The GOP Medicaid Phase-Out: Go Ahead, Make My Day

First, they came for Social Security.  But lots of people like Social Security, so they couldn’t privatize Social Security.  Then, they came for Medicare.  But lots of people like Medicare, so they couldn’t privatize Medicare.  So now, they are coming for Medicaid.  And Steve Benen and Ezra Klein are worried.

It’s hardly surprising that Paul Ryan and the GOP are going to try to hack Medicaid to bits: after all, it’s the only big thing left, if you leave Defense off the table, refuse to raise taxes on the wealthy, and beat hasty retreats with Social Security and Medicare.  Will it work?  Benen and Klein fear that it will, given that, as Klein argues

Medicaid goes to two groups of people: the poor and the disabled. Most of the program’s enrollees are kids from poor families, though most of the program’s money is spent on the small fraction of beneficiaries who are disabled and/or elderly. These groups have one thing in common, however: They’re politically powerless.

Perhaps this is over-optimism on my part, but I don’t think that the “disabled” and “elderly” are powerless.  They both have well-organized lobbies.  More to the point, however, is that Medicaid is the single largest payor in the country for nursing home care.  More than two-thirds of Medicaid money goes to nursing home care, or at least that’s the number I have heard quoted.  Put another way, there are literally tens of thousands of nursing homes around the country that rely upon Medicaid to pay their bills.  Soon every Congressmember will know just how many nursing homes they have in their districts.  Much of this care is scandalous, and you can just imagine what would happen if Medicaid was hacked apart across the country.

I’m not sure you could get worse visuals, either: we’re talking about elderly disabled people in wheelchairs.  The House GOP won’t care a fig for the human costs, but they will care about political costs, and I believe that those will be huge.  Can you imagine the thousands of families who will testify about how Medicaid has saved their families’ budgets?

Ezra also notes, accurately, that

Medicaid is a state-federal match, and it absolutely kills states during recessions, as unlike the federal government, states can’t run deficits, and so they find themselves with increased Medicaid costs because they have more people in need but decreased revenues.

True again.  But if the elderly disabled are thrown out on the street, guess who is going to have to pick up a lot of those costs?  States and localities.  There will be enormous political pressure on lower levels of government to somehow deal with the problem.  That’s the reason why, as much as the states don’t like Medicaid mandates, every single one of them has elected to have the program (remember, a state doesn’t have to have Medicaid).

So Steve and Ezra are right to be worried about the GOP’s plans.  But we should not undersell progressives’ bargaining leverage here.  Medicaid has a lot of important and sympathetic constituencies behind it.

Somehow Republicans have become convinced that their deeply unpopular policies are actually popular, and Democrats have become convinced that their deeply popular policies are actually unpopular.  I’m not exactly sure how that has happened; maybe it’s Beltway Fever.  But it’s time to stop internalizing it.  This is a fight we can win, and make the GOP look very bad in the process.

Author: Jonathan Zasloff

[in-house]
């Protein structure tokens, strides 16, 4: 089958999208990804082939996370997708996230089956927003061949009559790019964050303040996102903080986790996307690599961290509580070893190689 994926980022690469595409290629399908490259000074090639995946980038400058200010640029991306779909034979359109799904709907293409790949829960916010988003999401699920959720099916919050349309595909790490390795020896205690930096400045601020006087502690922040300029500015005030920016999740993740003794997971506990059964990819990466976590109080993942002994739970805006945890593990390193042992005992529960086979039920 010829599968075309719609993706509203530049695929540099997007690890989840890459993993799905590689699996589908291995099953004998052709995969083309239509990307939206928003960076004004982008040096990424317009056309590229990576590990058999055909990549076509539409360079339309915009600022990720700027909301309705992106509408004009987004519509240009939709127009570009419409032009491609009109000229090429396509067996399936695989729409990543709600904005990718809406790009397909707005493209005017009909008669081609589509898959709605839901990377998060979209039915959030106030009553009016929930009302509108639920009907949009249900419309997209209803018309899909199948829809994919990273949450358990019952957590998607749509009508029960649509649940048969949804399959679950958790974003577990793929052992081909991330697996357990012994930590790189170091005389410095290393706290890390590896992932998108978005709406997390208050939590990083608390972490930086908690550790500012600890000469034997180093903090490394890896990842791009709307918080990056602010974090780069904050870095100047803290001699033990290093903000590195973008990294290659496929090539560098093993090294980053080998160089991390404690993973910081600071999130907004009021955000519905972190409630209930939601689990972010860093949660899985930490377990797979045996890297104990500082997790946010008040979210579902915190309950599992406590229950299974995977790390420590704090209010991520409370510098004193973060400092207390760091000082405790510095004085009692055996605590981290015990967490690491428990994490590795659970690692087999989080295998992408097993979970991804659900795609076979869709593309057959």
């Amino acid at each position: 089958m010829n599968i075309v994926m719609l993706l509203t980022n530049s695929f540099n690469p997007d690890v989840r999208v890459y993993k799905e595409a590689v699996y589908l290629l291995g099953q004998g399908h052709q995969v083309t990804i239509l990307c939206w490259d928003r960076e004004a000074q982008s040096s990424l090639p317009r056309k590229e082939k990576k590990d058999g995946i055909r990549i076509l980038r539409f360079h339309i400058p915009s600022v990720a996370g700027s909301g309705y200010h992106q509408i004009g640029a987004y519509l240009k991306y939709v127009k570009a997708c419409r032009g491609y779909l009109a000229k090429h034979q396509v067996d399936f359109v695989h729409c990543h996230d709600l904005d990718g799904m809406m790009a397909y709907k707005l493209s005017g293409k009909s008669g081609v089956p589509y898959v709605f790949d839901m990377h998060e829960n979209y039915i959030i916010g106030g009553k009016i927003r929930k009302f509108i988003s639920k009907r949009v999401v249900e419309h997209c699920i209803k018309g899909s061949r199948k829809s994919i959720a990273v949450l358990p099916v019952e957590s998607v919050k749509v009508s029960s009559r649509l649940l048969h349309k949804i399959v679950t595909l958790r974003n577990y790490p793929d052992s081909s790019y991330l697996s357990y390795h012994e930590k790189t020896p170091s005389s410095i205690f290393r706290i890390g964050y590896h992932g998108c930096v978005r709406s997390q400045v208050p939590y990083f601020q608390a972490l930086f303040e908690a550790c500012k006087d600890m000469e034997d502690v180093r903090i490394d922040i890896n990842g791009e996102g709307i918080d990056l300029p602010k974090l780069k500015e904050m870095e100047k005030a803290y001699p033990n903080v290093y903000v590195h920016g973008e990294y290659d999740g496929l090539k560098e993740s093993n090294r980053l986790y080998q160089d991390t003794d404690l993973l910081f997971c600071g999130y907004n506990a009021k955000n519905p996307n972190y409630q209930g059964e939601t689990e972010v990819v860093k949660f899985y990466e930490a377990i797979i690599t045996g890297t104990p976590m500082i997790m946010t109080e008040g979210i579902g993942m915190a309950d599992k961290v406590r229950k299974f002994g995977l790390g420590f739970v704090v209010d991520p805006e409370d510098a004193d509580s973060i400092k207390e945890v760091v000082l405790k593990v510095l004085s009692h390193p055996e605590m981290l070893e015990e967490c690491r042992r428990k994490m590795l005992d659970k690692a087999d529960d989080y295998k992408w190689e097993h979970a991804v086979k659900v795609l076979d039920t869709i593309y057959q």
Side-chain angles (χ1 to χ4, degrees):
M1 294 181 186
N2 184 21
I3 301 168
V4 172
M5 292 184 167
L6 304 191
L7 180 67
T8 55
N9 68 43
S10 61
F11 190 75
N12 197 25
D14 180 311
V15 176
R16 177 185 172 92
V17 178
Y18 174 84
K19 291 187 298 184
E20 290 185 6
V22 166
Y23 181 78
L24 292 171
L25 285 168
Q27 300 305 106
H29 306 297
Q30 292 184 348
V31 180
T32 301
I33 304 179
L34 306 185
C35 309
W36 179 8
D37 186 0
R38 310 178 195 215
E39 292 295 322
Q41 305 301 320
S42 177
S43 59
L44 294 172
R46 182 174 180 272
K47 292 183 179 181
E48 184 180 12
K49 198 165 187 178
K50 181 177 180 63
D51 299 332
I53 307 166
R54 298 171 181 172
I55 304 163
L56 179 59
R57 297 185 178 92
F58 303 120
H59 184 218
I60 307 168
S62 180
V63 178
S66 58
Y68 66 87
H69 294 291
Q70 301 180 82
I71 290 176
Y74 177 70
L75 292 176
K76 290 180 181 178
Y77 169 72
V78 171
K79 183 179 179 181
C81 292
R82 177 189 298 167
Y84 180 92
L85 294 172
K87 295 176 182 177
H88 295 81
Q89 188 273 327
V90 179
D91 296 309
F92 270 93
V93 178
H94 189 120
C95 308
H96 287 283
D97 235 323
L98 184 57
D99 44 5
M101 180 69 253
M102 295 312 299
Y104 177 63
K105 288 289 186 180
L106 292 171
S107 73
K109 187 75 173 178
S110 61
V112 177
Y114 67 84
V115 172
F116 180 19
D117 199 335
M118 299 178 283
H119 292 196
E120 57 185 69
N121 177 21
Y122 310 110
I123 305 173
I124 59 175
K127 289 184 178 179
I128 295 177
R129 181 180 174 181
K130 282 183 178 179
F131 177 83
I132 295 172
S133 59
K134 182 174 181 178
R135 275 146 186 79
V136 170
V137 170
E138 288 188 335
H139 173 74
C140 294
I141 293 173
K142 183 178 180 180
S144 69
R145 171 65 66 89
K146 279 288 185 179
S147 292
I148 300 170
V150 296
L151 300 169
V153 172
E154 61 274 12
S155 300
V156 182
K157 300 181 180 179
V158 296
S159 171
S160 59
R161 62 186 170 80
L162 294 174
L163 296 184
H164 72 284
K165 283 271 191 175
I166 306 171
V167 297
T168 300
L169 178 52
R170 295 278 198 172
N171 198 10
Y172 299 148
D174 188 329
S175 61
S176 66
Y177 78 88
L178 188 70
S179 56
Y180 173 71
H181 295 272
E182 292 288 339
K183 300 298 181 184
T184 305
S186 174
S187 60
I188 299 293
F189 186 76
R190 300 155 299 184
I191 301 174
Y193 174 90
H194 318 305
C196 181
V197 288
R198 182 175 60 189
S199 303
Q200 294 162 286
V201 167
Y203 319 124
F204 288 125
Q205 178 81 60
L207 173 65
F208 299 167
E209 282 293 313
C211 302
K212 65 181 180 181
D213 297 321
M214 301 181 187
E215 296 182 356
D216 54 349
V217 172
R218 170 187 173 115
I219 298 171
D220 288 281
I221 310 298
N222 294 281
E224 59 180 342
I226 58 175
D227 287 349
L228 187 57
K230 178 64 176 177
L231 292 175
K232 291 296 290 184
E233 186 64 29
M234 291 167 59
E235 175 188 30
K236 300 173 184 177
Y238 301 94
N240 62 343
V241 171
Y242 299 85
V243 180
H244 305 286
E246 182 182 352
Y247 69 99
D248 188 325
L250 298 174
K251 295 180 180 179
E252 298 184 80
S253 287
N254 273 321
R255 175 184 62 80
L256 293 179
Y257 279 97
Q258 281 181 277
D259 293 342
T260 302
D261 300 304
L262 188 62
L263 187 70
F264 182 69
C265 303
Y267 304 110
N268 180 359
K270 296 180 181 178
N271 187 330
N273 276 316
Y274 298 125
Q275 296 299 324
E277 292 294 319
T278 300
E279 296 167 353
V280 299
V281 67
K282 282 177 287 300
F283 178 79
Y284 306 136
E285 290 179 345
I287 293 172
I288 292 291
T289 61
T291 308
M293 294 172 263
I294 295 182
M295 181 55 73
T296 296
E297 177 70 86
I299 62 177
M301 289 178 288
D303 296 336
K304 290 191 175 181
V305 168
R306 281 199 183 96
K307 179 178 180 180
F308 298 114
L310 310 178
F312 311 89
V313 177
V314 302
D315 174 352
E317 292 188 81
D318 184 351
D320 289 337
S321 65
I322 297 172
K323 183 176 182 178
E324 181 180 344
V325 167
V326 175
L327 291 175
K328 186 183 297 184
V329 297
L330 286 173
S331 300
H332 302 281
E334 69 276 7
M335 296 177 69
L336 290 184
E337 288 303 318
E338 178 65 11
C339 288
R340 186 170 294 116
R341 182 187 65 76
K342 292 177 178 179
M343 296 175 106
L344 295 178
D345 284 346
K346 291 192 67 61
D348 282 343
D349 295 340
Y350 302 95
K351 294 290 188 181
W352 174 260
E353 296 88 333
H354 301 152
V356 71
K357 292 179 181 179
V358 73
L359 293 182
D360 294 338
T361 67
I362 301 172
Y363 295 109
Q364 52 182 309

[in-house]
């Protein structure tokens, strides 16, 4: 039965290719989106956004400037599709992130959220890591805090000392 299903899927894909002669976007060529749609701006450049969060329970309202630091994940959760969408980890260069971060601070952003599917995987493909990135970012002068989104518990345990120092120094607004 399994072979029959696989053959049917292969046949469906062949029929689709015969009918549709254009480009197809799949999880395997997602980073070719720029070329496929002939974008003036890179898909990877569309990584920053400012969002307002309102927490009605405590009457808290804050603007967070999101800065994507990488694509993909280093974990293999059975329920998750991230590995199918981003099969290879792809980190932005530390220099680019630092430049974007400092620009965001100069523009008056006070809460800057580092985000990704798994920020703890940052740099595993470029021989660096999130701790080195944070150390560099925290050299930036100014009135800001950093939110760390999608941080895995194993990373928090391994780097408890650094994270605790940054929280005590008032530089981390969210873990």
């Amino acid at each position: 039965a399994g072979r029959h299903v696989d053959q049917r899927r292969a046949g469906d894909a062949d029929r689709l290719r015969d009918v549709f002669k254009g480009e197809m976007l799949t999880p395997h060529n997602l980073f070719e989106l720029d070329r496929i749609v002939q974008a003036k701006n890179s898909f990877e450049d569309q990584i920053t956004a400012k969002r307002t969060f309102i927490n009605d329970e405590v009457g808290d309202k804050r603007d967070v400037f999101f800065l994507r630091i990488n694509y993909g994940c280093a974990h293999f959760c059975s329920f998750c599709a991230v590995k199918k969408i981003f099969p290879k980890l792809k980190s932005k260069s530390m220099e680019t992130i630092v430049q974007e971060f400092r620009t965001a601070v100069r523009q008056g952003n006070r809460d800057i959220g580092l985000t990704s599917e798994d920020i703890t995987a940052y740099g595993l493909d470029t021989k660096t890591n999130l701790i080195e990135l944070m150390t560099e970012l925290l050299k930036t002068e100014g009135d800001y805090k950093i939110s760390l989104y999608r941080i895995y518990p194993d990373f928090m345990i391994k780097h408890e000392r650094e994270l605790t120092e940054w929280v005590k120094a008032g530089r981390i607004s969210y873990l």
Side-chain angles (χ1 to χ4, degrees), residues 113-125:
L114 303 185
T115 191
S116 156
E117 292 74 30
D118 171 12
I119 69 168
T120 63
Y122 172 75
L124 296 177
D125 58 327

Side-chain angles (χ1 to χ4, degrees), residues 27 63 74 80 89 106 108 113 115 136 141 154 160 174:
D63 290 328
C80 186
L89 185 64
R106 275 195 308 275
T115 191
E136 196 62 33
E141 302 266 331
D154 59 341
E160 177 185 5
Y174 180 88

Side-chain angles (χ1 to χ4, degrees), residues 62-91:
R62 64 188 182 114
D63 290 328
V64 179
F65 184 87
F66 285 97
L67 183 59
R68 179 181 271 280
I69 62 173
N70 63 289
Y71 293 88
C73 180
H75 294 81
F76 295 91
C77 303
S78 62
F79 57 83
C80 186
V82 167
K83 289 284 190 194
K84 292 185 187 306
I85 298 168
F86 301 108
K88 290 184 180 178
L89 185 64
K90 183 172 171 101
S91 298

Jonathan Zasloff teaches Torts, Land Use, Environmental Law, Comparative Urban Planning Law, Legal History, and Public Policy Clinic - Land Use, the Environment and Local Government. He grew up and still lives in the San Fernando Valley, about which he remains immensely proud (to the mystification of his friends and colleagues). After graduating from Yale Law School, and while clerking for a federal appeals court judge in Boston, he decided to return to Los Angeles shortly after the January 1994 Northridge earthquake, reasoning that he would gladly risk tremors in order to avoid the average New England wind chill temperature of negative 55 degrees. Professor Zasloff has a keen interest in world politics; he holds a PhD in the history of American foreign policy from Harvard and an M.Phil. in International Relations from Cambridge University. Much of his recent work concerns the influence of lawyers and legalism in US external relations, and has published articles on these subjects in the New York University Law Review and the Yale Law Journal. More generally, his recent interests focus on the response of public institutions to social problems, and the role of ideology in framing policy responses. Professor Zasloff has long been active in state and local politics and policy. He recently co-authored an article discussing the relationship of Proposition 13 (California's landmark tax limitation initiative) and school finance reform, and served for several years as a senior policy advisor to the Speaker of California Assembly. His practice background reflects these interests: for two years, he represented welfare recipients attempting to obtain child care benefits and microbusinesses in low income areas. He then practiced for two more years at one of Los Angeles' leading public interest environmental and land use firms, challenging poorly planned development and working to expand the network of the city's urban park system. He currently serves as a member of the boards of the Santa Monica Mountains Conservancy (a state agency charged with purchasing and protecting open space), the Los Angeles Center for Law and Justice (the leading legal service firm for low-income clients in east Los Angeles), and Friends of Israel's Environment. Professor Zasloff's other major activity consists in explaining the Triangle Offense to his very patient wife, Kathy.